Turkey summons Vatican ambassador over Pope's genocide comment

Ankara also calls ambassador to the Holy See back to Turkey after pontiff's remarks on Armenia.

Pope Francis calls Armenian massacre 'first genocide of 20th century'
VATICAN CITY - Pope Francis sparked a diplomatic row on Sunday by calling the massacre of up to 1.5 million Armenians 100 years ago "the first genocide of the 20th century," prompting Turkey accuse him of inciting hatred.
Muslim Turkey accepts that many Christian Armenians died in clashes with Ottoman soldiers beginning in 1915, when Armenia was part of the empire ruled from Istanbul, but denies hundreds of thousands were killed and that this amounted to genocide.
At an Armenian rite Mass in St. Peter's Basilica to mark the 100th anniversary of the mass killings, Francis became the first head of the Roman Catholic Church to publicly pronounce the word "genocide" to describe them.
Some European and South American countries use the term to describe the killings, but the United States and some others, keen to maintain good relations with an important ally, avoid doing so.
Turkey was swift to protest. "The pope's statements, which are far from historical and judicial facts, cannot be accepted," Foreign Minister Mevlut Cavusoglu said on his Twitter account.
"Religious offices are not places to incite hatred and revenge with baseless accusations," he said.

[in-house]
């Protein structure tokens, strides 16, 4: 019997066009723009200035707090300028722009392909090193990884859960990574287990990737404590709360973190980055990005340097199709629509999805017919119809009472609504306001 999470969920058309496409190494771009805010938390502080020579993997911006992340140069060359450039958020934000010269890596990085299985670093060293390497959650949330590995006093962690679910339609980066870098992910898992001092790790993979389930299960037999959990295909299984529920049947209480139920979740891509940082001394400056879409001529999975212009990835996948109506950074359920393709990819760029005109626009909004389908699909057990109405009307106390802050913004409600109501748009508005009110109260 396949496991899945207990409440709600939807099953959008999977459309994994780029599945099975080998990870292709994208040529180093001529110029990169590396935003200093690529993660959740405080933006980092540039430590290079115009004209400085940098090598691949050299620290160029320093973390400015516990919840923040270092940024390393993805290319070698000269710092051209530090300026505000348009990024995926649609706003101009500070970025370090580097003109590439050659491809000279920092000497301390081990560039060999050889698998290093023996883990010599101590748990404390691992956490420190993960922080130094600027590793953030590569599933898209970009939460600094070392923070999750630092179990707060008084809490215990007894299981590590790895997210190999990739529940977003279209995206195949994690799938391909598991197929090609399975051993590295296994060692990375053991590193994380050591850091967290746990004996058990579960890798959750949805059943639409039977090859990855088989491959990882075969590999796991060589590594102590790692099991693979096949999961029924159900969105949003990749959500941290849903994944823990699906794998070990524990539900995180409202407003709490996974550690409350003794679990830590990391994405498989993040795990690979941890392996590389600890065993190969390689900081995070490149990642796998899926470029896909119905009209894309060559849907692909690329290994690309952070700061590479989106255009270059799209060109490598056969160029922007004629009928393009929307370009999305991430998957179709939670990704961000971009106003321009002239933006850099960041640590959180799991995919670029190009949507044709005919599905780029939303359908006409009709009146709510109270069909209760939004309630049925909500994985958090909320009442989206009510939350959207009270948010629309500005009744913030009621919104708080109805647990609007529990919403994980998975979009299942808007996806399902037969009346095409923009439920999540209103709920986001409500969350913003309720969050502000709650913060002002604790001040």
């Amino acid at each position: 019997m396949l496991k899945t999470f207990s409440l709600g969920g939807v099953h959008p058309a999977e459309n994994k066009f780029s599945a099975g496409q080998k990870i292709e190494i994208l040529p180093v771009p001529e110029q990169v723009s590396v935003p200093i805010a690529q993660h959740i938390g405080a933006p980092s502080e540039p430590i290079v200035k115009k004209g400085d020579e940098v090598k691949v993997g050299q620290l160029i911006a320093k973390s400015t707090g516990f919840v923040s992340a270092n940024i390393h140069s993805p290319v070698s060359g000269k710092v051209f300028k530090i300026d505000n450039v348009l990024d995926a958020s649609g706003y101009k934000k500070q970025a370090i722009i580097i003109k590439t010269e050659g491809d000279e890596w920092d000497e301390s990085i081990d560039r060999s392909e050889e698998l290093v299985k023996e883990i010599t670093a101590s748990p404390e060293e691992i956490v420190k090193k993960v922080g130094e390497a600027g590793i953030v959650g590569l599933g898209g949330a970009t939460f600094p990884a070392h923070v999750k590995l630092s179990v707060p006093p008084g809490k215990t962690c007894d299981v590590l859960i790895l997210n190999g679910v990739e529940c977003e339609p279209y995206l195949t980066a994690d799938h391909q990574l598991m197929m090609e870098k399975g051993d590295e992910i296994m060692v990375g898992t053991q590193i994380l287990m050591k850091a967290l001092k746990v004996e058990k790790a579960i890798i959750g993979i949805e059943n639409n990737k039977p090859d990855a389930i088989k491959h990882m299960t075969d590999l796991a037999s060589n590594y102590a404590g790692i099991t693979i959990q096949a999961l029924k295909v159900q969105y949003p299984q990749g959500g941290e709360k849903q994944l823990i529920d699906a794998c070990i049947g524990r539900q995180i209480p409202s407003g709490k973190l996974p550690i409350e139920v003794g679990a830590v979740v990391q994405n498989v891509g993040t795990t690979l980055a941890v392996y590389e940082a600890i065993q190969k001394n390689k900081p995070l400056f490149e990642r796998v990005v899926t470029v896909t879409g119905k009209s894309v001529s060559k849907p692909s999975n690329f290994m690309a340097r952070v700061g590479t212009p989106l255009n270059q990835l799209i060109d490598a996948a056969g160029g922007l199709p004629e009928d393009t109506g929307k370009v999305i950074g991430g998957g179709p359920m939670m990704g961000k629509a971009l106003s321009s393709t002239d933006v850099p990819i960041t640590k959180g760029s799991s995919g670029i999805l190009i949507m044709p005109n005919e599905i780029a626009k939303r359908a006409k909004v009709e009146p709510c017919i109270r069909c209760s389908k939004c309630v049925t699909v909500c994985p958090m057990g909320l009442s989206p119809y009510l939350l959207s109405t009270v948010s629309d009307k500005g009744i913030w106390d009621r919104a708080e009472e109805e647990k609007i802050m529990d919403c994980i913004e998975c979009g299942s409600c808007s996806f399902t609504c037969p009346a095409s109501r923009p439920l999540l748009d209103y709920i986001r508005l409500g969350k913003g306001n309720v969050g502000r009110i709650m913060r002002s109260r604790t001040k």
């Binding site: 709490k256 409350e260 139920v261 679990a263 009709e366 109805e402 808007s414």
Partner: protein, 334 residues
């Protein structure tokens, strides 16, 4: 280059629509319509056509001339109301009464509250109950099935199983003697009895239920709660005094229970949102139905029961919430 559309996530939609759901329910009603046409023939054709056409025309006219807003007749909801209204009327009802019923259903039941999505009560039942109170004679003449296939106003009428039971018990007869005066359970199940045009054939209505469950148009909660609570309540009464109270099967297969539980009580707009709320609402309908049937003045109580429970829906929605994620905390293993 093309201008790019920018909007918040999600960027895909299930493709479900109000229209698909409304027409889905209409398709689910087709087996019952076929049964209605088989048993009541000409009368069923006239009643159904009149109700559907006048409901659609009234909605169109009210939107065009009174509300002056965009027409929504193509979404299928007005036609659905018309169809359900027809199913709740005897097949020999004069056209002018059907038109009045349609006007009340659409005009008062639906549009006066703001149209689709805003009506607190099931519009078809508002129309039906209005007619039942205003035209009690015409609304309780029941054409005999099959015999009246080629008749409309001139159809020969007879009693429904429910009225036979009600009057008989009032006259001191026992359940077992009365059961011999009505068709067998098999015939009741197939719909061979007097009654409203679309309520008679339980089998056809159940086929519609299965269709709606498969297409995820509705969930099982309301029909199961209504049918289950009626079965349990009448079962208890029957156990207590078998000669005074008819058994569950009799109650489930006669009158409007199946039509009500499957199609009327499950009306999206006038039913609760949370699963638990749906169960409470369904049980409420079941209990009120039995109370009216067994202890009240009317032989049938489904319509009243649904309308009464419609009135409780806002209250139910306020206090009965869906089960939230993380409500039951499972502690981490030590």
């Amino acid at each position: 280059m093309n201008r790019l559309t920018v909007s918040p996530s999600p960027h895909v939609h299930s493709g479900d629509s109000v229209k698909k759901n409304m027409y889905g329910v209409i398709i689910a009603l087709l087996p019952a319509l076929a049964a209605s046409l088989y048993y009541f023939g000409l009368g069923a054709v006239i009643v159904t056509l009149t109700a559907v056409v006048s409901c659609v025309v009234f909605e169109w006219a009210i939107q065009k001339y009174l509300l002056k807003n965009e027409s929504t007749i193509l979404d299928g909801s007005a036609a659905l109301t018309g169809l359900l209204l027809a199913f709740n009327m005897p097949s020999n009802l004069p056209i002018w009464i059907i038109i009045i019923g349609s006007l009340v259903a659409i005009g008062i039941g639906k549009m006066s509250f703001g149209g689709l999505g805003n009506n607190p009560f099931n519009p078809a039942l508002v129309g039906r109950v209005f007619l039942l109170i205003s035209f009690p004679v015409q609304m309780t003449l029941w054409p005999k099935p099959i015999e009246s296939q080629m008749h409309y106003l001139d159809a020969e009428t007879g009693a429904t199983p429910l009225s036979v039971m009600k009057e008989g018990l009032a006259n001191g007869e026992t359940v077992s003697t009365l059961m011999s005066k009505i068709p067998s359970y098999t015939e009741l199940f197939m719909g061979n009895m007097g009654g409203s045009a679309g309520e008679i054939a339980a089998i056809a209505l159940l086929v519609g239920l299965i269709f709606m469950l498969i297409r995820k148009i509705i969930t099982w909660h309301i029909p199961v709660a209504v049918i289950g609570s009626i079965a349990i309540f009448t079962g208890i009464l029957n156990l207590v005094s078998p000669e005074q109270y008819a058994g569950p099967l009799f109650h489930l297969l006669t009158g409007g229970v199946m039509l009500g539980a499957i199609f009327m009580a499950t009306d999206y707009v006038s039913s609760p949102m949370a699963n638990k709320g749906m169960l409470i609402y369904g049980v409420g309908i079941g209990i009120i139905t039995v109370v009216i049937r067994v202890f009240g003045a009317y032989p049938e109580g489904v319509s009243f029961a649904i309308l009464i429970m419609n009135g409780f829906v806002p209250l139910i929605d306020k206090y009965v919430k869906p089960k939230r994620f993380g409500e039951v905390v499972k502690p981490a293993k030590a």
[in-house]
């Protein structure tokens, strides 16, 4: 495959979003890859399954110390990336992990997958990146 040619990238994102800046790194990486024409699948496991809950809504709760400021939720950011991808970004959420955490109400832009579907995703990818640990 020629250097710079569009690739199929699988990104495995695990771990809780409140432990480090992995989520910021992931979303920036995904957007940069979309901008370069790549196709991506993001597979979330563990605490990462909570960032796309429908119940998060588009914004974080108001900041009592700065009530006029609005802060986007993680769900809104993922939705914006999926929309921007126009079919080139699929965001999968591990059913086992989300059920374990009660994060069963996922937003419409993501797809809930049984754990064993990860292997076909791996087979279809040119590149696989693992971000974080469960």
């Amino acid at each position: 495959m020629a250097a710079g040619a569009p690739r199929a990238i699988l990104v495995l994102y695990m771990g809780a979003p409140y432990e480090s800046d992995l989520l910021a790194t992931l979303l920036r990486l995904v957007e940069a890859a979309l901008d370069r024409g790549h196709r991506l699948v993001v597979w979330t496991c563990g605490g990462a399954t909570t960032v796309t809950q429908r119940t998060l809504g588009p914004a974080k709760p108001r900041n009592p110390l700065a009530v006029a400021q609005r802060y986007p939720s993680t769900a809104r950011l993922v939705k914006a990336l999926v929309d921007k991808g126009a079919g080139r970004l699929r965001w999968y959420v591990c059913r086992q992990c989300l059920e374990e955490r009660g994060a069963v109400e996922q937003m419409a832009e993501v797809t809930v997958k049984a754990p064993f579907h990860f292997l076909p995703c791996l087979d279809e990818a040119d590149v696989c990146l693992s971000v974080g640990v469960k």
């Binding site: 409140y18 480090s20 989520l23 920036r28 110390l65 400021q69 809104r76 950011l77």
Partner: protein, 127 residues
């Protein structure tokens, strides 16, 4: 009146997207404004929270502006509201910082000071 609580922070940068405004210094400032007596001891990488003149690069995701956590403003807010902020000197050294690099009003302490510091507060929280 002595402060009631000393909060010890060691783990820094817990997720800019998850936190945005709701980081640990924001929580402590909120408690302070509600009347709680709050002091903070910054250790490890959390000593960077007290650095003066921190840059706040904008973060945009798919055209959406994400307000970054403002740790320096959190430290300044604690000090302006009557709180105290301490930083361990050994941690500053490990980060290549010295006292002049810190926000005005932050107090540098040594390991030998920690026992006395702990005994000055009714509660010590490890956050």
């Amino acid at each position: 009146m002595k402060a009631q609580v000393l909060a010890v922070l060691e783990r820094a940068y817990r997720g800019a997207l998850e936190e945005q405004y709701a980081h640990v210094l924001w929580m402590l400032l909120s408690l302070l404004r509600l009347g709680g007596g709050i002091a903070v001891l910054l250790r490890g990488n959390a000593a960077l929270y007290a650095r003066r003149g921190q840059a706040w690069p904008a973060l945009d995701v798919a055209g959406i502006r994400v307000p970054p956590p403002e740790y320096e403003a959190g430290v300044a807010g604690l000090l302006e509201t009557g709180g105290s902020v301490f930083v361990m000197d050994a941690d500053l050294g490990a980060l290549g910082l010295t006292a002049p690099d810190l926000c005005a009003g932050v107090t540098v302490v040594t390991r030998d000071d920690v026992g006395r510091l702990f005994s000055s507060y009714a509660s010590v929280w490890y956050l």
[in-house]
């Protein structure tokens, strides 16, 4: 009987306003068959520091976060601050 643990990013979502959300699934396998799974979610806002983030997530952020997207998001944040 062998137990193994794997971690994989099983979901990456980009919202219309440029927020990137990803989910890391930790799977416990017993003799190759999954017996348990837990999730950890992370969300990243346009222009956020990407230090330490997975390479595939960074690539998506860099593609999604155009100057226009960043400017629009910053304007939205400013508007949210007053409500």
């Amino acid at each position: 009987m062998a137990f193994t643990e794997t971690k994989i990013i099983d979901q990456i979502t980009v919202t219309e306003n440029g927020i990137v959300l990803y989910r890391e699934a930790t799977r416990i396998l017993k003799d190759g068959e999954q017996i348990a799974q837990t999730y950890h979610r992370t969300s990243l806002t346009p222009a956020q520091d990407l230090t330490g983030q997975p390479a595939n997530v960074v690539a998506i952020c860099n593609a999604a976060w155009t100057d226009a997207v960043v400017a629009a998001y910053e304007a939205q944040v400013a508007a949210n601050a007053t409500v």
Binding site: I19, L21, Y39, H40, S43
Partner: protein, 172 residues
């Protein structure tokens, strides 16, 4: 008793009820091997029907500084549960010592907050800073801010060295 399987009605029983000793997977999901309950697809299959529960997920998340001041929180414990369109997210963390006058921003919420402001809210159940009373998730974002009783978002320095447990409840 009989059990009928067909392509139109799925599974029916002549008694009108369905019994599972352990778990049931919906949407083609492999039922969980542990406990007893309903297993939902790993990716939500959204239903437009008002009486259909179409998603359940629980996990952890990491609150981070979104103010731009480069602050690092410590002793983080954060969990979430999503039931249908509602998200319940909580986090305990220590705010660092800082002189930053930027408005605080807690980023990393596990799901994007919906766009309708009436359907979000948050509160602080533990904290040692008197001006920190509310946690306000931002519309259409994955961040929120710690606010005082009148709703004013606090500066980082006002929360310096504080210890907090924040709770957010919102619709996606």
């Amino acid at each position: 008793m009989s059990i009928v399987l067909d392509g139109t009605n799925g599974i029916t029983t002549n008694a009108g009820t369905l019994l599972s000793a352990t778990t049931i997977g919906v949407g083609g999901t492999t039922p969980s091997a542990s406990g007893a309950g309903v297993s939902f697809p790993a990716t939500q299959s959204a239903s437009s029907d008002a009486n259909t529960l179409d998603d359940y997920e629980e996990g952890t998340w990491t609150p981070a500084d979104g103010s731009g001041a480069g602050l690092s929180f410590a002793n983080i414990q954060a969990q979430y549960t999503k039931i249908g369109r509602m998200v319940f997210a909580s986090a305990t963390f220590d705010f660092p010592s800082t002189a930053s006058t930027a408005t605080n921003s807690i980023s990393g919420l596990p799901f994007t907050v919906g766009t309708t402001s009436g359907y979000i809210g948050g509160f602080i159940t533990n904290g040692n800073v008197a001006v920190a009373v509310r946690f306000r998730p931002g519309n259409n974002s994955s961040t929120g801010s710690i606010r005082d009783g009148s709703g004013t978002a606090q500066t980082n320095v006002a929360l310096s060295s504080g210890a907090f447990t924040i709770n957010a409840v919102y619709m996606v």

The foreign ministry called its ambassador to the Holy See back to Ankara, and summoned the Vatican's ambassador, saying Francis' remarks had caused a "problem of trust" in diplomatic relations.
Pope John Paul II and Armenian Apostolic Church Supreme Patriarch Kerekin II called the massacre "the first genocide of the 20th century" in 2001, but that was in a joint written statement.
Francis, who has disregarded many aspects of protocol since becoming pope two years ago, uttered the phrase during a private meeting at the Vatican with an Armenian delegation in 2013, prompting a strong protest from Ankara.
As archbishop of Buenos Aires, Cardinal Jorge Bergoglio had already publicly described the killings as genocide before he was elected leader of the world's 1.2 billion Catholics in 2013.
In November, the Argentine-born pontiff made an official visit to Turkey as part of his efforts to strengthen relations with moderate Muslim states.
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